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TOPEKA STATE JOUENAli, THURSDAY U V HUN UN i. OCTOBER 2, 1H02.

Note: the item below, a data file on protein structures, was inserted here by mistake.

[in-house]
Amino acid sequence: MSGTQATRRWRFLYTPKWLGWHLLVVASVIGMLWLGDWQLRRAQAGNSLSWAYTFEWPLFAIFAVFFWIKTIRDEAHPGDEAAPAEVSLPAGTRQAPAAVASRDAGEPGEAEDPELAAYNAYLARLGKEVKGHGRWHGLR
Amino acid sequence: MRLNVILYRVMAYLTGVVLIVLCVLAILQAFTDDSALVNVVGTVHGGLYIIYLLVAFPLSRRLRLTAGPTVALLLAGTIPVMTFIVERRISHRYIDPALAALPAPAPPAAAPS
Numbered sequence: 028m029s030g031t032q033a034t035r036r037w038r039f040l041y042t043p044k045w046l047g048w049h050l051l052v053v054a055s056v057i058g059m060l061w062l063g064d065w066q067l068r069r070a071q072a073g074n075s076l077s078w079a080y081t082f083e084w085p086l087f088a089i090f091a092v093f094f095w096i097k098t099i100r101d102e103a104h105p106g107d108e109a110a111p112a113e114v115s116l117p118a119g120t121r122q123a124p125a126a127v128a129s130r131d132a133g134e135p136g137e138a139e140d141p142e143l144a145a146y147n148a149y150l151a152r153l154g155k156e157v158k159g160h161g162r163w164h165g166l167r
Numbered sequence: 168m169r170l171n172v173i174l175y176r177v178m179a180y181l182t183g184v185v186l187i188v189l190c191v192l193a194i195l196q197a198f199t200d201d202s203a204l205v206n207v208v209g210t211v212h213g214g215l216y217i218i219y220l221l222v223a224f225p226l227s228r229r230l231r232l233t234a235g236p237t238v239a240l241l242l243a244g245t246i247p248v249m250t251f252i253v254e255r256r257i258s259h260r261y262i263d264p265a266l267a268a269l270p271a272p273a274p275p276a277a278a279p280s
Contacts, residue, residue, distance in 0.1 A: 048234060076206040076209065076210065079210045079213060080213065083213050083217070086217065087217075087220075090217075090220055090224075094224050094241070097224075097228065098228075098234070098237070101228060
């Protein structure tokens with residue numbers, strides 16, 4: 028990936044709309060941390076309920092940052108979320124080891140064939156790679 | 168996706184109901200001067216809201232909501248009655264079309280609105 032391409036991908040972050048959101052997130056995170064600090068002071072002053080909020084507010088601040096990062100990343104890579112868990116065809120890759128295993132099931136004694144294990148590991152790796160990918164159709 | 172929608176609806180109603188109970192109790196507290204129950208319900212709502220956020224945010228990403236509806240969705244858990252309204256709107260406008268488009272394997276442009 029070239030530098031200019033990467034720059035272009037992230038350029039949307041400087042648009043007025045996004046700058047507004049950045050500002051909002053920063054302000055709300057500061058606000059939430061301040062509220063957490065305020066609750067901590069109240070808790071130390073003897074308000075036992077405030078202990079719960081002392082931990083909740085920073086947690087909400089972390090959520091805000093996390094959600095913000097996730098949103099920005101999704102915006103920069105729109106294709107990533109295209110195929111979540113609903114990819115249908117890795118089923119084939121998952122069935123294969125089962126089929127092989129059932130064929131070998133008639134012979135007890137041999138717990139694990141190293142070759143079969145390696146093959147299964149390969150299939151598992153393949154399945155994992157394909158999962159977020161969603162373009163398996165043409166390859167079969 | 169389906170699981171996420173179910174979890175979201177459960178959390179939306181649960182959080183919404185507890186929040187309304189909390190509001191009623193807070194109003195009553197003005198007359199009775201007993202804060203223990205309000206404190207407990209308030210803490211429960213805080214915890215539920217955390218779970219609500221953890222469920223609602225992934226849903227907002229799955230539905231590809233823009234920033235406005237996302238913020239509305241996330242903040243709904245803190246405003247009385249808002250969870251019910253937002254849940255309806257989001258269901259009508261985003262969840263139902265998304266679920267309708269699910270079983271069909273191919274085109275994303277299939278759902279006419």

TOPEKA STATE JOUMIL BY FRANK P. MAC LENNAN. VOLUME XXIX... ..No. 244 TERMS OF SUBSCRIPTION. Daily edition, delivered by carrier, 10 cents a week to any part of Topeka or suburbs, or at the same price In any Kansas town where the paper lias a car rier system. By mail, one year $3.60 ty mail, three months 90 Weekly edition, one year..: 60 Saturday edition of daily, one ye&r.... l.Ou Entered July 1, 1875, as second class matter at the postoffice at Topeka. Kan., under the act of congress. TELEPHONES. Business Office Bell 'phone 107 Business Office Ind. 'phone 1072 Reporters' Room Bell 'phone 577 Reporters' Room Ind. 'phone 107 1 PERMANENT HOME Topeka State Journal building. 800 and (02 Kansas avenue, corner of F.ighth. NEW YORK OFFICE: 211 VanderbUt Bide. Paul Block, Mgr. CHICAGO OFFICE: 1540 Unity Blflg. Paul Block, Mw. ITJXL LEASED wTa'H! REFOUT OF TES ASS0CIAI3O The State Journal Is a member of the Associated Press and receives the full day telegraph report of that great news or- f anizatlon for exclusive afternoon publica ion In Topeka. The news is received In the State Jour nal building over wires for this sole pur pose, busy through the entire day. A complete copy of the night report Is also received. James J. Hill Intimates that the peo ple should beware of all trusts but his. Perhaps the president may yet suc ceed in convincing the coal barons that there is something to arbitrate. Bishop Potter's salary has been ad vanced to $15,000. The increase come3 perhaps from grateful saloon keepers tor services rendered. Why didn't the Boston people ask for a receiver for the Miners' union. It is getting more money than the aggrega tion of coal barons is. Gen. Funston's defense of the army canteen has caused the suggestion that his liking for the water "doesn't extend to Its use as a beverage. The Hill faction of the New York Democracy triumphed over the Bryan element at Saratoga, but raised up an other enemy in Devery. It appears that there are Democrats and Democrats. Hill and Devery both lay claim to the title, yet the former would not permit the latter to sit in his convention. David B. Hill made a success of boss ing the state convention, but he seems to have been unwilling to tempt the voters by having himself nominated for governor. The coal strike has reached that point that whatever termination it may have, Is almost certain to exert an important and far reaching influence on future la bor disputes. Mr. Beveridge's effort to hold free trade personally responsible for the ex istence of trusts, does appear to be pop ular. Nobody but the Indiana senator seems to be able to back up the asser tion with argument. It will be recalled that Grover Cleve land once settled a strike in a hurry when it was interfering seriously with the business of this country. President Roosevelt is adopting a different meth od in dealing with the anthracite situa tion but it may not prove less effica cious. If he succeeds, he will be enti tled to the highest praise from Mark Hanna. The ever busy statistician has com piled the following: In the last thirty years the population of the United States has increased by 37,000,000; that of France by 3.000,000; that of the United Kingdom by 10,000,000; that of Germany by 15,000,000. One-fourth of the French people live in towns, one-half of the Germans, and in the United States one third. The drift to the towns has been very rapid in the last thirty years. The Imports per head of population of the United States in 1900 were $10; of the United Kingdom, $49; of France, $21; of Germany, $21.30. The United States exported $1,430,000,000 worth; the United Kingdom, $1,415,000,000 worth; France, $820,000,000 worth; Germany. $1,110,000, 000 worth. Our exports per head of pop ulation were $14.5; United Kingdom, $.30; France, $18.50; Germany, $16.75. THE APPROACHING ELECTION. From the Washington Post. So apathetic has been the country re garding the present campaign that it is Impossible, even with theelection less than six weeks distant, to rredict the outcome upon the basis of definite knowledge. The claims of the profes sional politicians are not worthy of serious consideration. The Republican managers are positive that the election will result in a Republican victory, w hile the Democratic leaders are equal ly certain that success will perch upon their banners. As a matter of fact, neither side knows anything about it. Each is working in the dark. Each is sowing seed In the shape of spoken word and printed sentence, but, like the far mer, can only hope that the harvest will come. There is no certainy, no infallible cause which can be relied upon to in variably produce the same effect. This, however, will not spare us the spectacle of the victorious congressional commit tee flapping its wings and crowing lust ily the moment the result is known. So few have been the developments of the campaign that it is impossible to find many straws to tell which way the wind is blowing. In fact, the few straw which are to be observed indicate the presence of varied and perplexing cur rents. For instance, the recent election in Maine, where the Republican plurali ty exceeded the usual figures In an off year, might well be accepted by the dominant party as an indication of suc cess next November were it not that the party solidity observable in Maine is aadly lacking in Iowa, There are, in deed, many clouds upon the Republican sky. The continuance of the coal strike Is a serious menace to Republican suc cess. The inconvenience and extortion to which every householder is subjected is being charged against the Republican administration and It does not lessen the importance of the fact to say that the charge is unfounded. The part play ed by the Homestead strike in the defeat of Benjamin Harrison, is not to be for gotten. The increased cost of living is another factor which operates againsv the Republicans. We have only to re call the Democratic landslide which fol lowed the high prices caused by the enactment of the McKinley tariff law to prove that the American voter is very sensitive to an undue drain upon his pocket. Nor does it matter whether the dominant party is actually to blame for the objectionable conditions. It is made the vicarious sacrifice. The aver age voter, discontented and anxious for a reform, marks his ballot for the op position and then expects the millen nium to dawn. With apathy prevalent in the Republi can ranks, with an almost universal protest agalns the high-handed, arbi trary extortion of monopolies, with high prices demanded for the necessaries of life, with labor troubles in many states seriously disturbing industrial condi tions, with the party divided against Itself upon the question of tariff reform, it would seem as if Republican victory, if accomplished at all, .would be. reached in spite of tremendous odds. Indeed, it would seem an easy thing to accurately predict Republican defeat. And yet, even with the Republican pathway strewn with thorns, the chances would seem to be in favor of Republican suc cess. The Democrats are not without troubles of their own. Is the Republican party divided? It is solidity Itself compared with the Democratic party, rent with schisms, jealousies, and ob stinate upholding of divergent views. Is the Republican party confronted by a general desire to remedy present condi tions? Who knows how far this desire is held in check by the memory of the dark days of 1893? The American voter may be fickle, but the dismal exper iences which he Buffered under the last Democratic administration were burned deeply into his memory and make him pause ere he flies from the evils of the present into a repetition of the disas trous woes of nine years ago. And if comparison be instituted into campaign management, who is there with temeri ty enough to acquit the Democrats of wasting time, energy, and brains in try ing to force the Philippine question to the front as a party issue? It was a foolish, senseless endeavor, and the American people, who make issues for themselves, have forgotten about the Philippines and have forced the Demo crats to the consideration of the trust and tariff questions. It was circum stance, not foresight or wisdom, which led the Democrats to finally 'emphasize the one issue that appeals to the uni versal mind. ' . It may be that the Democrats will win. the approaching election. If they do,-It will not be because of their own good management or their inherent strength of organization, or because their man agers are the embodiment of political sagacity. If they win, it will be in spite of themselves and because the Republi can have themselves invited that re suit QUAKER REFLECTIONS. From the Philadelphia Record. It takes "rocks" to make a man solid. The millionaire's chief end is the divid-end. One week in the country makes one strong in the city. There are a good many "also rans" in the human race. Home-made bread is responsible for many a crusty temper. A man looks anything but merry when the laugh is on him. A man has to have a pretty hard cheek to travel on his face. The man who is looking for trouble can find trouble without trouble. It's funny that a politician becomes a hanger-on,after he loses his grip. The bargain-hunter's favorite hymn should be the "sweet buy and buy." It sometimes happens that the grumpy doctor has the most patients. It's only natural that the man who is") perpetually short should be looked down The reason bachelors don't marry is probably because they believe that mis fortunes never come singly. "The coffee." remarked the boarder, is like the oualitv of mercy." "So?" queried the landlady with a show of in terest, ies; it s not strained. The melancholy days are come. The saddest of the year. It's still too warm for hot drinks. And not warm enough for beer. POINTED PARAGRAPHS. From the Chicago News. Love mav be blind, but small broth ers see everything in sight. Though the ostrich may not be a gambler he has tips on many races. From the cat's point of view a saucer of cream is the lap of luxurv. Few worren know how to grow old gracefully and even thev do not want to. If brevity is the soul of wit some of our modern Jokesmiths must be soul less. Laugh, and the world laughs with you; growl, and the world laughs at vou. Some men make a specialty of being honest only because it pays better than dishonesty. If the wife is a slave to fashion the poor husband must of necessity be a slave to the almighty dollar. There is a similarity in the making of salads and jokes. They are more likely to suit our own taste than the tastes of others. It is rumored that pocketless trousers will be the correct thing this fall. Tail ors evidently realize that men who pay cash for clothes have no use for pockets. REFLECTIONS OF A BACHELOR. From the New Tork Press. The garter has hanged more men than the halter. The only jewel a woman has no tse for !s consistency. Innocence -cv.its being it just as soon as it knows what innocence is. It's funnv that the women's clothes that are never seen are mostly made for show. Tt costs more moner to keep up your own family than it does to break up an other man s. Kansas City and Return $2.00 via Santa Fe. Fall Festival, tickets on sale October 3rd to 7th, final limit October 13th. Eight trains a day in each direction. HE WAS SANDBAGGED. J. Cole Robbed Within Half a Block of Police Station. J. Cole, who Is employed at the Hap good livery stable at 514 Jackson street, was held up, sandbagged and robbed last night in the alley just back of the barn and within balf a block of police headquarters. The two bold robbers who made the assault evidently knew Cole and knew that he carried money, as thev secured more than $100 from him. The robbery occurred about 9:30. Cole had gone up on Kansas avenue to a restaurant, where he ate a lunch and was returning to the barn through the alley. He entered the alley on Sixth avenue between Kansas avenue and Jackson street, and was coming along in a dark place in the rear of Peterson's barn, two doors from the place where he is employed, when the two robbers jumped upon him, without saying a word, and began to bit him with some heavy weapon. Before he could utter a cry he was knocked insensible. He don't know how long he was in this con dition, and when he partially recovered, staggered into the barn and began to tell his story to his assistant. What has become of your watch?" exclaimed his partner. His watch and chain had disappeared. He began a search of his pockets and discovered further that he was also short all the money he had on his person when he was assaulted, over $100. The robbers had cleaned him out systematically, gleaning $56 cf his own money and about $50 belonging to the proprietor of the barn. He went at once to the police station and gave the alarm, but owing to the darkness of the spot se lected by the robbers, he was unable to give much of a description of them. His arms and face were bruised and his neck showed unmistakable signs of a vigorous attempt at strangulation. This is the only successful hold up, from a financial standpoint, which has occurred in Topeka for some time. The victim usually escapes with a bad fright and all his money. The nerve of the men in holding the man up so near his place of business and within call of the police station would indicate that they were not novices at the business and were confident of their ability to "fix" the victim before he could make n outcry. The circumstances would also indicate that the robbers are par ties who know Cole and his habit of carrying money. MORE MINERS OUT. Strike Ordered Because Relief Assessment Is Not Collected. Birmingham. Ala,. Oct. 2. Twenty- five hundred miners in the employ of the Tennessee Coal, Iron & Railroad company, on orders from the executive board of the United Mine Workers of America, district of Alabama, suspend ed work today. The suspension is on account of the refusal of the operators to collect for the union the one dollar per week assessment made on all unionj miners for the benefit of the anthracite strikers in Pennsylvania. It is thought probable that the Blue Creek and Bloc ton mines of the Tennessee company also will be involved if an adjustment is not soon reached. About two weeks ago the Tennessee company declined to withhold the assessment money from certain miners at West Pratt who ob jected to its payment and 600 men at that mine were ordered out. Today s suspension makes the total number now out 3,000. The miners of the Sloss Shefneld Steel &Iron company are hold ing a mass meeting at Cardiff today to determine what course they will pursue. ELLIOTT IS HAPPY. Edith Willits and Her Latest Husband Heard From. Leavenworth, Kas., Oct. 2. The mys terious woman who was married at Abilene, Kas., last Tuesday to F. W. Elliott, and which episode has been given much space in the columns of all the Kansas papers since that time, was with her husband in Leavenworth yes terday morning and left with the hus band on the noon train for Kansas City. Mo. The woman was married under the name of Miss Edith Sims, but is now known to be Mrs. Elizabeth Willits, whose husband, Emory Willits, resides f 1 , .-.-sir-'.. aS Straight fronted blouse of .striped albatross having a tucked round yoke garnished with black velvet ribbons and lace galloons. on a farm near Grantville, Kas. She was formerly -Miss Simmons, of Perry, Kas., whose father was at one time mayor of that village, and was recently shot and killed by his brother-in-law, J. Colley, as a result of a feud. Elliott, whom she married at Abilene, is a traveling salesman for the F. Mayer Boot and Shoe company, of Milwaukee, Wis., with headquarters at Emporia, Kas. He met the woman at Lindsborff, Kas., for the first time. She told him she wa3 heiress to $70,000 and that her father was a rich banker in Topeka. Elliott believed this and they were mar ried. The couple was found by a reporter sitting on a baggage - truck at Union station and seemed totally oblivious to their surroundings, but were rudely brought back to earth when the repre sentative of the press approached and inquired their destination. They saw that they were "it," and Mr. Elliott saidi "Please don't print anything more in the papers. We are married, happy and everythins is on the level. We are of age and able to take care of ourselves, and there is not a word of truth in the stories that have been published. The bride denies tie stories to the effect that she has deserted a husband, and accounted for her peculiar actions by saying that she wished to shake a young man who was trying to marry her. WOODMEN ARE HERE. First Annual Meeting of Deputy Head Consols. The first annual meeting of the dis trict deputy head consuls of the Mod ern Woodmen of America of Kansas is being held at the Throoo hotel. The convention is in the nature of a school of instruction. The principal subject for discussion is the matter of the proposed raise in the assessments. The insurance of this or der is now assessed on the level rate basis, and it is desired to have it chang ed to the step rate basis, with an addi tional small assessment monthly from each member to form a reserve fund. ' At the meting at the hotel parlor thi3 morning E. A. Enright, of Kansas City, talked of the future of Woodcraft. "Readjustment and Field Work" was the subject of the discussion this after noon, lead by E. E. Murphy. W. A. Northcott will give a public lec ture tonight at 704-706 Kansas avenue, on the readjustment plan. All members of the order are urged to attend. Those who are inattendance at the meeting are: Chas. Lockname, Wetmore: W. N. Beezley, Kinsley; D. Harmon, Dover; W. H. McHale, Kansas City; George A. Clark, Topeka; A. B. Smith, Robinson; John Grantthan, Winfleld; J. A. Walker, Madison; H. G. Radloff. Boshoe; C. W. Noble, Holton; John Pool, Wetmore; John Williams, Powhattan; E. H. Fras ier, Greenleaf: E. E. Miller, North To peka; H. F. March, Topeka; W. A. Tur ner St. Marys:' C. W. Har vey, Pleuna; John Gray, Hope; John J. Parker, Olathe; J. J. Hartnett. Leavenworth, John H. Crider, Fort Scott; D. C. Tillotson, Topeka; O. C. Boyd, Gas; C. F. Spurgis, Strong City; W. K. Woods, St. George; Frank Kotts, Council Grove; W. F. Jones, Topeka; V. E. Barger, Smith' Center; E. A. En right, Kansas City; Aaron Coberey, Berrytown; H. A. Cochran, Willard; M. W. Saxon, Topeka; O. A. Mundy, Quincy; P. G. Chubbic, Beloit, and J. G. Tate of Denver. MORRISON CASE APPEAL The appeal in the Jessie Morrison murder case was filed in the supreme court today. The,sbond was fixed at $10,000. AUSTIN SUCCEEDS DBURY. New Division Foreman for Santa Fe at Arkansas City. George Austin has been appointed division foreman on the Santa Fe at Arkansas City, succeeding M. J. Drury, who a month ago was promoted to the position of division master mechanic at Winslow, Ariz. Mr. Austin comes to the Santa Fe from the Northern Pacific, by whom he was employed at Mandan, N. D., as lo comotive foreman. He has also served with the Michigan Central and the Pennsylvania. $2.00 via the Union Pacific to Kansas City and return for the Fall Festivities. Tickets on sale October 3 to 7 inclusive, limited for return on or before October 13. ill V . i ;,'- ,3 1? IT5 a 1 . 1 V- - .-:Wc- -:.' - 1 - . " fy'- . i' S ft; rr-. ,.W".j f i - t ' f ' X -"-; -? . -J- ---- - - - I 1 1 1 troM,FlL 1 I'M S I yjr wot V M M Mr f 1 s T 0 vv Owing to its scientific preparation and thorough impregnation with Popsin and Csicrj it builds up weak stomachs and electrifies the whole body. A PIG ISO PACKAGE contains more real nourishment than 10 lbs. of porterhouse Steak and the feeblest stomach digests it easily. A Startling n0Y6lty. A sample package of Tryabita and a Doll Receipt Book FREE for your Grocer's name and a 2-cent stamp. LCOk for tht Uilloa labtli Don't accept cereals that are counterfeiting the name. TRYABITA FOOD CO., Ltd., - Battle Creek', Klich. $50,000 FOR A VOTE. Member of St. Louis Council Sajs He Refused It. St. Louis, Oct. 2. When Judge Ryan's court met today the trial of Robei M. Snyder, banker and promoter, on the charge of bribery in connection with the passage of the central traction bill was resumed. E'rederick (3. XJtholf, who was a member of the county coun cil in April, 1898, was put on the stand by the state. It is expected to prove that money was paid to t"thoff by the defendant to secure his vote for the central traction bill. In answer to questions put by Circuit Attorney Foik, Uthoff testified that while a member of the city council in 1S98. when the north end south traction bills were pending, Robert M. Snyder called on him at his residence, bavins been taken there by Louis Dieckmann by appointment. TTthofc continued: "I told him I had been approached and offered SSO.000 for my vote. 'I will get that amount and send it by Dieck rnann,' said Snyder to me. "Now I never said then, nor have I ever said that I would .vote for the measure." The witness told of a package brought to his house the next day by Dieck mann and of his secend meeting with Snyder. At that meetinff Snyder said: " 'Uthoff, if you don't vote for that bill I am a ruined man.' "I told Snyder," continued the wit ness, answering Mr. Folk, "that he should come to my house and gt that package back, that I did not want it." "Did he do as you requested?" "Yes. he came the next day," said the witness, "and opened the package which contained currency, 25 checks of $1,000 denomination and the balance in secur ities and papers. SnydA- took the con tents and deDarted." LIQUOR BUSINESS HAD. At Least That Is What Druggists Reports Indicate. The total sales of liquor made by the druggists, as reported to Probate Judge Fagan tor September, was 1.887. The boow business must be on the decline. The to tal sales for September of other years were as follows: September. 1901. 4.60U Septem ber, VM, 3.810; September. 1899, 3 041: Seo tember, 1S98. 7.147: September, 1897, 3.690. " The sales for September and August, 1902. tvere as follows: Druggist Sept. Aug. M. A. Funches-s 57 4? Petro & Woodford 88 74 J. W. Gish 59 57 E. T. Sim 29 45 C. F. Young 42 35 E. B. Walker lt 10 Charles V. Kohl 30 S4 A. H. Marshall 49 39 O. A. Ktene 44 42 O. P. Pierce 51 6f N. J. Petro 30 30 Lee Jones 11 ti A. C. Klingaman 29 21 Rowley & Snow 1S 140 W. H. Wilson 5$ 5h A. W. Lacev 41 52 W. F. King 20 2,1 E. C. Arnold 127 101 A. H. Merrill 33 47 C. F. Young .: 36 27 A. O. P.osser 37 41 M. Weightman. jr 34 2S A. T. Waggoner 82 81 W. A. Karr Z2 31 J. Wr. Kraemer i 8 11 B. A. Karrett 37 25 C. M. Hines 73 S H. H. Keith 41 33 W. S. Miller 5S 60 W. F. Lake 86 77 C. M. Knowlton 22 2 G. W. Fladd 29 16 W. H. Gunther 29 X2 E. L. Evans 2S George W. StansHeld 66 45 Frank Hobart 47 44 J. Henrietta 24 J. T. McOampbell 16 I t A. S. Kane 28 G. T. Overfleld 76 49 L. S. Woolverton 32 35 E. S. Lee 31 Totals 1,887 1,747 Goes Like Hot Cakes. "The 'fastest selling article X have in my store," writes Druggist C. T. Smith, of Davis. Ky "is Dr. King's New Dis covery for Consumption, Coughs and Colds, because it always cures. In my six years of gales it has never failed. I have known it to save sufferers from throat and lung diseases, who could get no help from doctors or any other reme dv." Mothers rely on it, best j-hysiciP.ns prescribe it. and A. J. Arnold Drug Co., S21 North Karsas ave., guarantee satisfac tion or refund price. Trial bottles free. Regular size, 50c and $1.00. New York City and Return $34.25 In connection with the G. A. R. en campment rates to Washington, D. C, the Union Pacific will also sell round trip tickets to New York City at above greatly reduced rates from Topeka, October 2d to 5th inclusive. For full information apply to J. C. Fulton, depot ticket agent; F. A. Lewis, C. P. and T. A., 525 Kansas avenue. America's Famous Beauties Txwk with horror on skin eruptions, blotches, sores, pimples. They don't have them, nor will anyone who uses Buckleu's Arnica ?rlve. It glorifies the face. Ecze ma and Salt Rheum vanish before it. It cures sore lips, chapped hands, chilblains. Infallible for pilfs. 25c at A. J. Arnold Drug Co., 821 North Kansas ave. Kansas City and Return $2.00 via Santa Fe. Fall Festival, tickets on sale October 3rd to Tth, final limit October 13th. Eight trftiaa ft day in OftA 4i5tion, A tee at ait m: dEl PRIESE HimSTER,' j2 Arthur J. Balfour, has recently taken up the f strenuous automobiling craze. Now some of his American friends should tell him of the nerve vivi fying qualities of America's kingly n era n 0 4"M- PJCTO $20.00 to Osrden and Salt Lake City. 20.00 to Butte, Anaconda and Helena. , 22.50 to Spokane and Wenatchee, Wash. 25.00 to Everett, Fairhaven and New Whatcom, via Hun tington and Spokane. 25. OO to Portland, Tacoma and Seattle. 25.00 to Ashland, Roseburg, Eugene, Albany and Salem via Portland. 25.00 to San Franci9co, L03 Angeles and many other California Points. J. C. FULTON, F. A. LEWIS, Depot Agent, North Topeka, C P. & T. A., 525 Kansas Ave. LOCAL MENTION. The work of repainting the Sixth street viaduct is nearly completed. City Clerk Squires will go grouse hunt ing in Colorado next week after the city employes are paid off and the rush of work for the month of October is over. Santa Fe employes clubbed together and have purchased two car loads of Los Cer illois coal from New Mexico. This coal la said to be about the best substitute for anthacite obtainable. It is not for sale by Topoka dealers because they have been unable to get a supply. Santa Fe train No. 2 is reported 8 hours late, and will get in here about 10 o'clock this evening. The cause of the ''elay is a freight wreck in New Mexi co. The particulars of the wreck are not known here, as it occurred on the Western Grand division. Councilman C. V. Wolf and other mem bers of the city council who make it their chief business to light Mayor Parker, ore beginning to complain because Street Com missioner Griggs is cutting down the ex penses of his department, as he was in structed to do. They are afraid that Mr. Griggs will make a better record than did his predecessor. HCMOlt OF THE DAY. This is the salutatory of an Arkansas editor: "Our aim To tell the truth, though the heavens take a tumble. Our paper of the people, for the people and paid for by the people. Our religion Orthodox, with a firm belief in hell for delinquent subscribers. Our motto Take all in sight and rustle for more. Our policy To love our friends and brimstone our enemies. If thine enemy smites these on the cheek swipe him with haste and dexterity at the butt of his most convenient ear. What we advocate One country, one flag and one wife at a time. Our object To live in pomp and splendor. Chicago Chronicle. He died in town last summer. During his last illness his wife nursed him over the telephone from Newport, his doctor treated him by telegraph from Bar Harbor and a letter written from the top of th9 Alps by his clergyman, was read over him at the funeral. Life. . "There's one good thing about the law's delays." "What?" "They discourage lots of foolish people from going to law." At the pension bureau a letter was re cently received from a pensioner in Illi nois, saying: "I am now getting a pension of $30 a month. Recently the Lord has prospered me, and I do not think I should get so much monei'.' t The letter staggered the bureau. An In vestigation was ordered and the examiner wrote back: "I have the honor to inform you that the person who applied for a reduction of pension is now in the insane asylum at this place, and has been for some time." Argonaut. "I hope there will be no mistake in ad ministering these medicines." "Hav? no fear, doctor; 1 am a profes sional nurse, and madam is a professional invalid." New York Weekly. "Jones says his son is studying for the ministry, and has joined the Y. M. C. A." "I see sowing his tame oats." Life. "I have only the most distant relatives." "Has the family run out?" "'No, they have all become rich." In dianapolis News. First Doctor Have many died of that new disease of yours? Second Doctor No. But. then, it isn't generally known yet. Life. The Missionary But you don't know what we Christians teach. The Chinaman Oh, yes! Teach China man love everybody coughee up forgive missicV.ally! Puck. . "Whenever a man gibs me a whole lot o' advice." said Uncle Ehen, "I can't help s'plcionin' dat if his opinions was so val uable he'd be busy somewha' else countin' money." Washington Star. Mr. Sellers What did the doctor say about your pension application. Uncle Abe? : Uncle Abe Dey said I had de Idoslty, an' yo' know dey nebber gits ober dat. Judce. i. "Old Muchmunny endowed another chair in that girls' seminary this week." "But he already has endowed about as many chairs as any ordinary college can have." "Ye3, but this is an absolutely new one. BIGLAUD'C r82!S(-tO-fiat WfcSSt M8 CSrial EXCEPTIONALLY LOW RATES Topeka to the West and North-West. t t DAILY DURING OCTOBER. This Store Undersells Them All. i FRASER BROS. C.O.D. STORE 217 West 6th St. Bell 'Phone 2704. Canned Apricots. We have some of those Cali fornia Apricots left, and to close them out we will sell them for per can , Qc per dozen cans SI. 05 SUGAR 22 lbs. Best Granulated Sugar.... 81.00 00 lb. sack Best Granu lated Sugar 84.55 Other Genuine Bargains: Sweet Potatoes, per pe:fc . . 10o Canned Peas, per can ...... 5c 3-Ib. can Table Pears ...... C Atlas Oats, 3 packages. . . 25c 4 lbs. best Rice 25c Carolina Rice, per lb 5c Tea Dust, per lb 20c Package Coffee, 2 pkgs. . . 25c 2 lbs- Santos Coffee 23c Golden Gate FIour,'sack 81.00 This is a fund to establish a department to teach women to understand railway timetables." Judse. Shepherd Mon, Sandy, he's 'got nae flee on the end o' the line. Sandy (sotto voce) Haud yer tongue, mon! He does na ken. and he's better withoot it. He was aye catchin' hisself ana ither trash! Punch. "Why, I bought the cake with my pen ny! ' "But would It rot be better to give some of your pennies to the poor heathens?" "Well. I suppose it would be better for the heathens. Puck. O'Lafferty Now will yez be up at Pat Dolan's place this avenin ? O'Hoolihan Faith, Oi will; Tf Oi'm not there yea kin bate me black and blue awn th' spot, begorry. Ohio State Journal. "Christian Science." said the devotee, "aims to tench the truth merely." "By the way." replied the hard headed man, "Christian Science was launched by woman, wasn't it?" "Weli, ves." "Ah! That's why it's such a horribly bad shot, perhaps." Catholic Standard and Times.- "She actually seems to think that every body Is admiring her." "Well, then she enjoys It Just as much as if they were." Philadelphia Bulletin. "How do you like Miss De Soie in her new play?" "I think it is the best thing in her ward robe." Life. . Notice. Ail members of RhavnM T.irio-. vta i I. O. Ol F., are requested to meet at their hall at 1:30 Friday to attend tae funeral of Brother Jos'. Bowman w' E- POTTER, JS. Experienced millinery help, sales women, wanted at once, at Troup's Enterprise.